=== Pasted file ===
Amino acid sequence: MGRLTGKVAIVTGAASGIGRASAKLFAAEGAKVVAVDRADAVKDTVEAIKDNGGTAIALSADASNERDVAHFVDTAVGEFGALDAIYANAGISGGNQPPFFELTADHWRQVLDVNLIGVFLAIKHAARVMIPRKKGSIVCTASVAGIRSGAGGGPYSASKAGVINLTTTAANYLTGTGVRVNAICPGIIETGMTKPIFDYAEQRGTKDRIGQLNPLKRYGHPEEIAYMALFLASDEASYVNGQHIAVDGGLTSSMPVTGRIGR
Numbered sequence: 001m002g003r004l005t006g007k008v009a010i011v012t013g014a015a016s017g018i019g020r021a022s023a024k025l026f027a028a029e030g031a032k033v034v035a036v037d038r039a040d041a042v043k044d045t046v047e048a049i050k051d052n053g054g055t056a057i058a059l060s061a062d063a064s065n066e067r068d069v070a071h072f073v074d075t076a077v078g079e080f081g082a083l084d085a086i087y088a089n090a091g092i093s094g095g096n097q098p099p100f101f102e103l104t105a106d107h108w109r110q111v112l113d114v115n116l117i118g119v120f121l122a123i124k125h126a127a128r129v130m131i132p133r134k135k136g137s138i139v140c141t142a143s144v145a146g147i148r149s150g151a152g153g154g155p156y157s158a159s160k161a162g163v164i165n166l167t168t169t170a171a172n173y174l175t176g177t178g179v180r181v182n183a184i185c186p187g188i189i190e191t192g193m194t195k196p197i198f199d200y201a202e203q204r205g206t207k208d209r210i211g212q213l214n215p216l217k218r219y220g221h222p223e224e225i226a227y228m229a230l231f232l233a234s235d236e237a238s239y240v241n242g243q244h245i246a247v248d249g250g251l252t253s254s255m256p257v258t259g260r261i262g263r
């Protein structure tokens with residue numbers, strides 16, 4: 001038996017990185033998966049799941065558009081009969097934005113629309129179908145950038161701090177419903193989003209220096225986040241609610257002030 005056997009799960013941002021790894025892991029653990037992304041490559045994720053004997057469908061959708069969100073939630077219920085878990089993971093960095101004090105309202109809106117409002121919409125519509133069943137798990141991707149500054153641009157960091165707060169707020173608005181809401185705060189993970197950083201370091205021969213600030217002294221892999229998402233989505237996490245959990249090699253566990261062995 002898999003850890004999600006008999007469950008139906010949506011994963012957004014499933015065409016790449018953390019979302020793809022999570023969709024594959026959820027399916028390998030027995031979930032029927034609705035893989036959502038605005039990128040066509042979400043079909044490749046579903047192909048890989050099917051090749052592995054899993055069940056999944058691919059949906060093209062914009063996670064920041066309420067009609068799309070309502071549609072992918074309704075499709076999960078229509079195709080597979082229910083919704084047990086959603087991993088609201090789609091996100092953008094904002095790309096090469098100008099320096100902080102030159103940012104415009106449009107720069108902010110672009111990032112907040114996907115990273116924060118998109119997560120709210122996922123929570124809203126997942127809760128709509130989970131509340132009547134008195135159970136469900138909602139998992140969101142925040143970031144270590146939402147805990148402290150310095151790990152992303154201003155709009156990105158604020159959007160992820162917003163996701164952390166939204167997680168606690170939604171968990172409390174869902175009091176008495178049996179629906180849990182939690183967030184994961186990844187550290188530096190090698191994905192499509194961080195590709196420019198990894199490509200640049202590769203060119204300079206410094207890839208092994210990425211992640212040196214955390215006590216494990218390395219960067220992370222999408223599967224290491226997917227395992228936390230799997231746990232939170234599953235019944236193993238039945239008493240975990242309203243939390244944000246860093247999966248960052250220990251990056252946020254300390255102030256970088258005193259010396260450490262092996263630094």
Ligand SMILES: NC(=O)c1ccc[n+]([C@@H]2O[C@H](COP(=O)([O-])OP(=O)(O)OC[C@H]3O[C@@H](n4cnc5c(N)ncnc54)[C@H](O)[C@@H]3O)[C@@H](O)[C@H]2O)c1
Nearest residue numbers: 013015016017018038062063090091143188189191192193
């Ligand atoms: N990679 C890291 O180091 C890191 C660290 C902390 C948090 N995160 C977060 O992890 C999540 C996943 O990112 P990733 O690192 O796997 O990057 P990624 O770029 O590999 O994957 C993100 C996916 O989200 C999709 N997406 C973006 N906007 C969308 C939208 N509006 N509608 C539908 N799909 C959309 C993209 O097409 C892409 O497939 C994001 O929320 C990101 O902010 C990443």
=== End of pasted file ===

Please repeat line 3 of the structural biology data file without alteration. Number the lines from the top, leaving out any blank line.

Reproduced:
């Protein structure tokens with residue numbers, strides 16, 4: 001038996017990185033998966049799941065558009081009969097934005113629309129179908145950038161701090177419903193989003209220096225986040241609610257002030 005056997009799960013941002021790894025892991029653990037992304041490559045994720053004997057469908061959708069969100073939630077219920085878990089993971093960095101004090105309202109809106117409002121919409125519509133069943137798990141991707149500054153641009157960091165707060169707020173608005181809401185705060189993970197950083201370091205021969213600030217002294221892999229998402233989505237996490245959990249090699253566990261062995 002898999003850890004999600006008999007469950008139906010949506011994963012957004014499933015065409016790449018953390019979302020793809022999570023969709024594959026959820027399916028390998030027995031979930032029927034609705035893989036959502038605005039990128040066509042979400043079909044490749046579903047192909048890989050099917051090749052592995054899993055069940056999944058691919059949906060093209062914009063996670064920041066309420067009609068799309070309502071549609072992918074309704075499709076999960078229509079195709080597979082229910083919704084047990086959603087991993088609201090789609091996100092953008094904002095790309096090469098100008099320096100902080102030159103940012104415009106449009107720069108902010110672009111990032112907040114996907115990273116924060118998109119997560120709210122996922123929570124809203126997942127809760128709509130989970131509340132009547134008195135159970136469900138909602139998992140969101142925040143970031144270590146939402147805990148402290150310095151790990152992303154201003155709009156990105158604020159959007160992820162917003163996701164952390166939204167997680168606690170939604171968990172409390174869902175009091176008495178049996179629906180849990182939690183967030184994961186990844187550290188530096190090698191994905192499509194961080195590709196420019198990894199490509200640049202590769203060119204300079206410094207890839208092994210990425211992640212040196214955390215006590216494990218390395219960067220992370222999408223599967224290491226997917227395992228936390230799997231746990232939170234599953235019944236193993238039945239008493240975990242309203243939390244944000246860093247999966248960052250220990251990056252946020254300390255102030256970088258005193259010396260450490262092996263630094």